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Lorenz

Mac SE/30 parts

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Hello everyone,

 

First time posting on this forum. I just bought a mac SE/30 who had a leaking battery. As I opened the mac, the damage was worse than expected: a few of the chips surrounding the battery were severly corroded (I2/3/4 and J2/3/4). Is there any way to salvage this board? Any way to get a hand on these chips? all other boards in the mac still look very clean.

 

Thanks

Lorenz

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Hey there, 

Pictures speak louder than words. If you could snap a few and post them here it'll be easier to assess the damage. 

Apparently the acid didn't run all over the board, that's good. So we'd be looking at this area of the board:

 

1161338448_ScreenShot2019-05-18at13_16_43.thumb.png.9b55f0bb2eaa8a04151675da7250d64d.png

credits to James Wages (JDW) for the pictures, as always. 

 

If you haven't done so, remove the remains of the Maxell bomb. Then put your board in a container and fill it with white vinegar. You'll want to neutralise that acid before doing anything else. Let it sit for a bit. Come back after an hour or so and scrub out all the rust/acid on the board with a toothbrush as much as you can. Be particularly careful NOT TO DAMAGE the chip labeled RTC if it's not too damaged to begin with. 

Then, you can finish rinsing it off with hot soapy water and then just tap water. Dry it the best you can (hair dyer works wonders but IPA is also good).

 

Then we move on to the fun part. 

 

- UI2 to UI4 and UJ2 to UJ4 are just 74 series logic chips, 74LS258 to be more exact. You can get brand new ones online.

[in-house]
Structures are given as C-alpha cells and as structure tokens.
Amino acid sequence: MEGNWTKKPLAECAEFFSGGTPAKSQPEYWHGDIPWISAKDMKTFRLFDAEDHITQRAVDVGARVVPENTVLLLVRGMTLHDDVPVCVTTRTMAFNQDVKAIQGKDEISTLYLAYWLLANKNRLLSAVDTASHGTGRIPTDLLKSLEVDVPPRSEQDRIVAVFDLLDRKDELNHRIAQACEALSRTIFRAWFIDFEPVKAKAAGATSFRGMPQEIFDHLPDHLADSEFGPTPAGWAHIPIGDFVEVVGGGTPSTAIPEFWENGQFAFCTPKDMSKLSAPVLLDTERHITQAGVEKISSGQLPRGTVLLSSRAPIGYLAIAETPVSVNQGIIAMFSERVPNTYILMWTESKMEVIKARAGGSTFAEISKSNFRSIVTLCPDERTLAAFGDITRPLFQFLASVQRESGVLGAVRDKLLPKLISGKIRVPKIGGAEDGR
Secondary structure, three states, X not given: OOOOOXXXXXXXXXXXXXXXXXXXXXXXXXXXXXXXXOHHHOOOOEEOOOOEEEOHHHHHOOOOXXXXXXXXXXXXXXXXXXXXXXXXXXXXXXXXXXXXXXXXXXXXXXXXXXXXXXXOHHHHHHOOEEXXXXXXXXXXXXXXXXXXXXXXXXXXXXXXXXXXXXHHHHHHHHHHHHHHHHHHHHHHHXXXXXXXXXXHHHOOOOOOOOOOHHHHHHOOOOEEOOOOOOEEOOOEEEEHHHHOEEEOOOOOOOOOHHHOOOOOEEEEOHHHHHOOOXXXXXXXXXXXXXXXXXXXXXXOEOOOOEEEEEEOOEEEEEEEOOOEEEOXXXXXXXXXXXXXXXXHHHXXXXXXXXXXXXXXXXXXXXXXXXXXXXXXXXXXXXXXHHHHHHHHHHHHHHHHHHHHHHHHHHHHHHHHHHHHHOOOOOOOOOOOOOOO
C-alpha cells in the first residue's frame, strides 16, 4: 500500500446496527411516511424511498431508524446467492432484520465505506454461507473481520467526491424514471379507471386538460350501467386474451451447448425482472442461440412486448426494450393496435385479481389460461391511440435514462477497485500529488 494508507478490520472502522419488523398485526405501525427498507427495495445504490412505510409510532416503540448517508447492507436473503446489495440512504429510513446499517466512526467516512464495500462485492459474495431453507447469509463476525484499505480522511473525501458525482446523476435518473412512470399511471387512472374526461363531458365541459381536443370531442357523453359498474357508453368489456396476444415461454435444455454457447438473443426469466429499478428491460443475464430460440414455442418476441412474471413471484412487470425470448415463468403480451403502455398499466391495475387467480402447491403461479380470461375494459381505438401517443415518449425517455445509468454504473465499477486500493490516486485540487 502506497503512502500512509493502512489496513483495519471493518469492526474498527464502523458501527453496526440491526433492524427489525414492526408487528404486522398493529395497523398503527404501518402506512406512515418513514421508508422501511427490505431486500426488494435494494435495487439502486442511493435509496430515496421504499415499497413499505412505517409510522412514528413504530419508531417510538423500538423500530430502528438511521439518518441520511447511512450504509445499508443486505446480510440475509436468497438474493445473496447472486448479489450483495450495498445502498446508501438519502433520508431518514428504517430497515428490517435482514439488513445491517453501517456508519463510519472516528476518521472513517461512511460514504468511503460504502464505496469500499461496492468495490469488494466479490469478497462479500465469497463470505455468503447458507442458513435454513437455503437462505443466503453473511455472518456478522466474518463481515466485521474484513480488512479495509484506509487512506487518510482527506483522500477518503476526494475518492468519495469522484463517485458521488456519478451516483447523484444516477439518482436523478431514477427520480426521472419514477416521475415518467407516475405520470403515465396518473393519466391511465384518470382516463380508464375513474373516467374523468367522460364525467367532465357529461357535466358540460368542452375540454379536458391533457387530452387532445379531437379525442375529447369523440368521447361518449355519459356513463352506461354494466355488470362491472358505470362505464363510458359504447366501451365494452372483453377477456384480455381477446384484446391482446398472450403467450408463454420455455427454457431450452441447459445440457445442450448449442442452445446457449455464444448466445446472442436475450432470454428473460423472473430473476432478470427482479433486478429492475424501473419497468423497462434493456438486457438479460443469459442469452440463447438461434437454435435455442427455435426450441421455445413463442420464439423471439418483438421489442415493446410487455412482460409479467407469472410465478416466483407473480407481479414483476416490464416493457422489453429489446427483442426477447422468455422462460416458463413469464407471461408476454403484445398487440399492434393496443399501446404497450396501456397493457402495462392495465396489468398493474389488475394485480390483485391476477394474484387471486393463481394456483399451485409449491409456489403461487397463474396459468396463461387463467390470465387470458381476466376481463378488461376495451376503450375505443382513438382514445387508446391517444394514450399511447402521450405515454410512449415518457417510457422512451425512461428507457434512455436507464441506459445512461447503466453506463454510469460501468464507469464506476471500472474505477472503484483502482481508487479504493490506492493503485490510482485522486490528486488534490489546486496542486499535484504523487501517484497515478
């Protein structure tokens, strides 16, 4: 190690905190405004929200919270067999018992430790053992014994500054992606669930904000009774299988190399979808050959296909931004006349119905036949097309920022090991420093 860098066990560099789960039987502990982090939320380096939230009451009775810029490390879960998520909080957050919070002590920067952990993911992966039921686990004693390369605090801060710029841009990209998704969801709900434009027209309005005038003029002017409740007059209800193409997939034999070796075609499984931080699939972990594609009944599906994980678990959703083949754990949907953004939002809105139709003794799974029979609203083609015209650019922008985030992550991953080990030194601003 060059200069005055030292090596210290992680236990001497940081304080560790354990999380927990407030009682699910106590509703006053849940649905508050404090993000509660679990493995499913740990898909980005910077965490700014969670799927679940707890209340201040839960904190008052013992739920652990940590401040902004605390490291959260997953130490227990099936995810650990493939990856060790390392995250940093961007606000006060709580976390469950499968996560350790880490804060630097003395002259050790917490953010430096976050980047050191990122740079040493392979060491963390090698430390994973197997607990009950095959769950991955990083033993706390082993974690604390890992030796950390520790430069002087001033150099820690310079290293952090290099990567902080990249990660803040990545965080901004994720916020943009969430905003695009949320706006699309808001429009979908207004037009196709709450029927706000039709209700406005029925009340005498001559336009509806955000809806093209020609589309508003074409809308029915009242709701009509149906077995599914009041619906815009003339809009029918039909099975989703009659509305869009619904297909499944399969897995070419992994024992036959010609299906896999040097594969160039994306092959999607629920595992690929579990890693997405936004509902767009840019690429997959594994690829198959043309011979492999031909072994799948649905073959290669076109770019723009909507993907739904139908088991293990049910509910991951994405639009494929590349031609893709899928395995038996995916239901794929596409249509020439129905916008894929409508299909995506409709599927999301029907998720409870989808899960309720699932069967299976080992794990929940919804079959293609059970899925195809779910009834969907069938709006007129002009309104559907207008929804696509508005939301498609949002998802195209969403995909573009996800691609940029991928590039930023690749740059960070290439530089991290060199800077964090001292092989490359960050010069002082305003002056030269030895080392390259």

They are used for the RAM and the ROM. Speaking of the latter, you will have to remove the connector. It WILL have crap under it, shorting pins together. 

Here's the schematic for this section: https://museo.freaknet.org/gallery/apple/stuff/mac/andreas.kann/SE30_P2.GIF

 

- RP4 to RP6, RP8 and RP9 are resistor packs. I don't know their exact value yet... but those should be easy to find a replacement for. 

 

- 68882: That's your Floating Point Unit or FPU. That's a very specific part. You can probably find a replacement on ebay or something. But they can be expensive (beware of the fake clones!)

 

- If the acid got to the RAM SIMMs, you need to buzz them individually to check for damage. You might have to remove the connector altogether if it's too bad.

https://museo.freaknet.org/gallery/apple/stuff/mac/andreas.kann/SE30_P3.GIF

 

- Video ROM. As the name suggests, it's just a ROM. I think someone already dumped it. It would just be a matter of flashing the image onto a new chip and probably replacing the socket.

 

- PDS Connector. That's the long 120 pin connector. Acid might be shorting a few pins... If some of it got underneath it, remove it.

 

- Y1: Oscillator. Should be replaceable.

 

- RTC: NOT REPLACEABLE. IF IT'S GONE, IT'S GONE. I'm not sure the SE/30 can work without it... That's your biggest concern at the moment.

 

- D1 & D2: probably diodes... Not that important for now.